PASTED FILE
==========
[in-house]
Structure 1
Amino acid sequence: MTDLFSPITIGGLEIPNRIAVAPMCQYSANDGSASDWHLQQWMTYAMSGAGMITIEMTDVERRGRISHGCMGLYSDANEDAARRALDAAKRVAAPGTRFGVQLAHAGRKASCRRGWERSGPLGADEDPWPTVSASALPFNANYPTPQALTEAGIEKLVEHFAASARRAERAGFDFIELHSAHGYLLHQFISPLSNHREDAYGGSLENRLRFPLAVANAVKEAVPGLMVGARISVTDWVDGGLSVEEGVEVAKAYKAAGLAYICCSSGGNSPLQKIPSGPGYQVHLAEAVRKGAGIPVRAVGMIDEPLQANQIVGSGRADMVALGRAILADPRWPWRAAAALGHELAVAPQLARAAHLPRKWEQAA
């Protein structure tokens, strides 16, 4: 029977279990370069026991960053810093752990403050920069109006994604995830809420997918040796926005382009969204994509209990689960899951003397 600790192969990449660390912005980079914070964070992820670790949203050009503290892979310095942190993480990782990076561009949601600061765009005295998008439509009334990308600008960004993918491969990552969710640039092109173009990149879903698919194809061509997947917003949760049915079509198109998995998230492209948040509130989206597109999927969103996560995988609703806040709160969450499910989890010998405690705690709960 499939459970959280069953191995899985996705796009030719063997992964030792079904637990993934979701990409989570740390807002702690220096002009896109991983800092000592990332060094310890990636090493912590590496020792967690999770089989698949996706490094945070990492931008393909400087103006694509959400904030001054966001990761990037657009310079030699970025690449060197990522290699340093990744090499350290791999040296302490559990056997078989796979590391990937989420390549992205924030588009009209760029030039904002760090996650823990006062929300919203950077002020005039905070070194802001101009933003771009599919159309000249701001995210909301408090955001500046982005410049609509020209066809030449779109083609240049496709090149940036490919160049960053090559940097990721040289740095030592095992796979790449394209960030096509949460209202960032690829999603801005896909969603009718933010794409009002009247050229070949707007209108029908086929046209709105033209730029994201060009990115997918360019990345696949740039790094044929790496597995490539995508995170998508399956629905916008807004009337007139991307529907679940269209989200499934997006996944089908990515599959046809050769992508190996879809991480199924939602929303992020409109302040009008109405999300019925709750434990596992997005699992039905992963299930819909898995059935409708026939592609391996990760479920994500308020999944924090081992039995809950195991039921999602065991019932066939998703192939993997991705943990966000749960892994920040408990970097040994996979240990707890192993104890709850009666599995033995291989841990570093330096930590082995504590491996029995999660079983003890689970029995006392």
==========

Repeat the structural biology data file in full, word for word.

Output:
[in-house]
Structure 1
Amino acid sequence: MTDLFSPITIGGLEIPNRIAVAPMCQYSANDGSASDWHLQQWMTYAMSGAGMITIEMTDVERRGRISHGCMGLYSDANEDAARRALDAAKRVAAPGTRFGVQLAHAGRKASCRRGWERSGPLGADEDPWPTVSASALPFNANYPTPQALTEAGIEKLVEHFAASARRAERAGFDFIELHSAHGYLLHQFISPLSNHREDAYGGSLENRLRFPLAVANAVKEAVPGLMVGARISVTDWVDGGLSVEEGVEVAKAYKAAGLAYICCSSGGNSPLQKIPSGPGYQVHLAEAVRKGAGIPVRAVGMIDEPLQANQIVGSGRADMVALGRAILADPRWPWRAAAALGHELAVAPQLARAAHLPRKWEQAA
């Protein structure tokens, strides 16, 4: 029977279990370069026991960053810093752990403050920069109006994604995830809420997918040796926005382009969204994509209990689960899951003397 600790192969990449660390912005980079914070964070992820670790949203050009503290892979310095942190993480990782990076561009949601600061765009005295998008439509009334990308600008960004993918491969990552969710640039092109173009990149879903698919194809061509997947917003949760049915079509198109998995998230492209948040509130989206597109999927969103996560995988609703806040709160969450499910989890010998405690705690709960 499939459970959280069953191995899985996705796009030719063997992964030792079904637990993934979701990409989570740390807002702690220096002009896109991983800092000592990332060094310890990636090493912590590496020792967690999770089989698949996706490094945070990492931008393909400087103006694509959400904030001054966001990761990037657009310079030699970025690449060197990522290699340093990744090499350290791999040296302490559990056997078989796979590391990937989420390549992205924030588009009209760029030039904002760090996650823990006062929300919203950077002020005039905070070194802001101009933003771009599919159309000249701001995210909301408090955001500046982005410049609509020209066809030449779109083609240049496709090149940036490919160049960053090559940097990721040289740095030592095992796979790449394209960030096509949460209202960032690829999603801005896909969603009718933010794409009002009247050229070949707007209108029908086929046209709105033209730029994201060009990115997918360019990345696949740039790094044929790496597995490539995508995170998508399956629905916008807004009337007139991307529907679940269209989200499934997006996944089908990515599959046809050769992508190996879809991480199924939602929303992020409109302040009008109405999300019925709750434990596992997005699992039905992963299930819909898995059935409708026939592609391996990760479920994500308020999944924090081992039995809950195991039921999602065991019932066939998703192939993997991705943990966000749960892994920040408990970097040994996979240990707890192993104890709850009666599995033995291989841990570093330096930590082995504590491996029995999660079983003890689970029995006392």